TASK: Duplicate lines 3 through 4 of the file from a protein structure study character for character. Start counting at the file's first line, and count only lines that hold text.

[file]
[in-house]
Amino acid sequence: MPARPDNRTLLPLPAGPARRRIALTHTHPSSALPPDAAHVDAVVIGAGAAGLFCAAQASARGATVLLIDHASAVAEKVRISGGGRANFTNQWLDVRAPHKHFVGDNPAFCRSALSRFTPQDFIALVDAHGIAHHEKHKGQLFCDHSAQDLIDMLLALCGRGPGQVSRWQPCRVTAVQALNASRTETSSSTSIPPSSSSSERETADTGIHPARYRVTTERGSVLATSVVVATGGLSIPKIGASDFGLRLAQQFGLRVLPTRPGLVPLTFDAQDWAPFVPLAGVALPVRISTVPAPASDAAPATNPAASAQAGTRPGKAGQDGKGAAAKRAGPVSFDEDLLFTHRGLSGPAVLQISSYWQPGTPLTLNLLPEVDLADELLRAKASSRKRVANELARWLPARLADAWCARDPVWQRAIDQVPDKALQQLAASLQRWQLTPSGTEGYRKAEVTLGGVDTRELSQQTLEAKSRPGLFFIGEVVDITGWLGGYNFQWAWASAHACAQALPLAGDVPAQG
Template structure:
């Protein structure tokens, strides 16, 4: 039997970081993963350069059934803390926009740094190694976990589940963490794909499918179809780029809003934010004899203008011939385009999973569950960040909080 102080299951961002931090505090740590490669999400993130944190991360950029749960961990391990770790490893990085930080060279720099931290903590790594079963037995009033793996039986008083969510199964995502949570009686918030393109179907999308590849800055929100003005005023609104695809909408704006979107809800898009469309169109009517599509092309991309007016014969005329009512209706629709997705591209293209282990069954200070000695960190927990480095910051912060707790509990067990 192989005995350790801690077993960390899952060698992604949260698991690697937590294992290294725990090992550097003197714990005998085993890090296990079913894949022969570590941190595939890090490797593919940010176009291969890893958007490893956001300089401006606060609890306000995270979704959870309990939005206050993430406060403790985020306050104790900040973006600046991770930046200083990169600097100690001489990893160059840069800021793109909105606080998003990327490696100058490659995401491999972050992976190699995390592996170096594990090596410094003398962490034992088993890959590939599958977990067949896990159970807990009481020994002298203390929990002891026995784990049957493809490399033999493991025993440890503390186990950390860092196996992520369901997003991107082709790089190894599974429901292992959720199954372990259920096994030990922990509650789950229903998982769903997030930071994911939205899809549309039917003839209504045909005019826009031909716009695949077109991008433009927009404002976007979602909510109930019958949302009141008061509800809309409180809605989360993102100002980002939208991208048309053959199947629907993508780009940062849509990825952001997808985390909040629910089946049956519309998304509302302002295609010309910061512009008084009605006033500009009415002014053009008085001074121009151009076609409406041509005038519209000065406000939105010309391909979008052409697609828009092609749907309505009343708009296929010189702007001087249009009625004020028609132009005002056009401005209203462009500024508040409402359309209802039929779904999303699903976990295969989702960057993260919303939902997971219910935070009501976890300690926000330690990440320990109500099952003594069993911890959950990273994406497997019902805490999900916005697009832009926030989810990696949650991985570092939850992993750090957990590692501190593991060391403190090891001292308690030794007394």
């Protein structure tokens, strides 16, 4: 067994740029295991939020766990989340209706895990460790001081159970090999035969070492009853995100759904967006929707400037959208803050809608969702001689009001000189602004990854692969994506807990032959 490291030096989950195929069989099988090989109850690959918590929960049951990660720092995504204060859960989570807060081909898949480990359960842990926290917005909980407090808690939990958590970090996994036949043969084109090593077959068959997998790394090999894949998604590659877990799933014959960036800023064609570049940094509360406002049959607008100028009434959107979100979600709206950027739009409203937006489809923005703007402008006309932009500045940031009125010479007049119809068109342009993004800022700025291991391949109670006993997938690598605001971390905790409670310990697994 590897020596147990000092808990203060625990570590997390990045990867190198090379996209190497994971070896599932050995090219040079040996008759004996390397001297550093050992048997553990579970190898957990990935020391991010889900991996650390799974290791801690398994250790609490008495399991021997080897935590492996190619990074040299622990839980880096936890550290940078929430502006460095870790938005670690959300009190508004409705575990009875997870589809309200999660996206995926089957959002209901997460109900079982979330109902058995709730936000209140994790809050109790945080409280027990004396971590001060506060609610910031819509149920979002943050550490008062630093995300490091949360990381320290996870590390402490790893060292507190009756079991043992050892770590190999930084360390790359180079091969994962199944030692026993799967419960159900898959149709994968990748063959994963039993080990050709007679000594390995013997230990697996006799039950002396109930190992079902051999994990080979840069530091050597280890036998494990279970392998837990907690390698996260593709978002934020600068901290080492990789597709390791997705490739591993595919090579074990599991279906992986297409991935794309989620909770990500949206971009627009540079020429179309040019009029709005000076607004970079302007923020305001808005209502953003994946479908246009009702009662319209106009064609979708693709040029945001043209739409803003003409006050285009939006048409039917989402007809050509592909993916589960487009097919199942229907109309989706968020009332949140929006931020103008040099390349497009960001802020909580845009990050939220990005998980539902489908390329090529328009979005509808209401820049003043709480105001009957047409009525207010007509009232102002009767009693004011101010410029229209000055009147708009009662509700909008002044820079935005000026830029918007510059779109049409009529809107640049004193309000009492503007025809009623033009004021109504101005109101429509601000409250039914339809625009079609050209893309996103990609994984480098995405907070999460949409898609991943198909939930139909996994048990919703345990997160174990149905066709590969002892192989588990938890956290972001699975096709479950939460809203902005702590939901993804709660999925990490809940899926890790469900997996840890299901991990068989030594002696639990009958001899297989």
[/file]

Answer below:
Template structure:
């Protein structure tokens, strides 16, 4: 039997970081993963350069059934803390926009740094190694976990589940963490794909499918179809780029809003934010004899203008011939385009999973569950960040909080 102080299951961002931090505090740590490669999400993130944190991360950029749960961990391990770790490893990085930080060279720099931290903590790594079963037995009033793996039986008083969510199964995502949570009686918030393109179907999308590849800055929100003005005023609104695809909408704006979107809800898009469309169109009517599509092309991309007016014969005329009512209706629709997705591209293209282990069954200070000695960190927990480095910051912060707790509990067990 192989005995350790801690077993960390899952060698992604949260698991690697937590294992290294725990090992550097003197714990005998085993890090296990079913894949022969570590941190595939890090490797593919940010176009291969890893958007490893956001300089401006606060609890306000995270979704959870309990939005206050993430406060403790985020306050104790900040973006600046991770930046200083990169600097100690001489990893160059840069800021793109909105606080998003990327490696100058490659995401491999972050992976190699995390592996170096594990090596410094003398962490034992088993890959590939599958977990067949896990159970807990009481020994002298203390929990002891026995784990049957493809490399033999493991025993440890503390186990950390860092196996992520369901997003991107082709790089190894599974429901292992959720199954372990259920096994030990922990509650789950229903998982769903997030930071994911939205899809549309039917003839209504045909005019826009031909716009695949077109991008433009927009404002976007979602909510109930019958949302009141008061509800809309409180809605989360993102100002980002939208991208048309053959199947629907993508780009940062849509990825952001997808985390909040629910089946049956519309998304509302302002295609010309910061512009008084009605006033500009009415002014053009008085001074121009151009076609409406041509005038519209000065406000939105010309391909979008052409697609828009092609749907309505009343708009296929010189702007001087249009009625004020028609132009005002056009401005209203462009500024508040409402359309209802039929779904999303699903976990295969989702960057993260919303939902997971219910935070009501976890300690926000330690990440320990109500099952003594069993911890959950990273994406497997019902805490999900916005697009832009926030989810990696949650991985570092939850992993750090957990590692501190593991060391403190090891001292308690030794007394």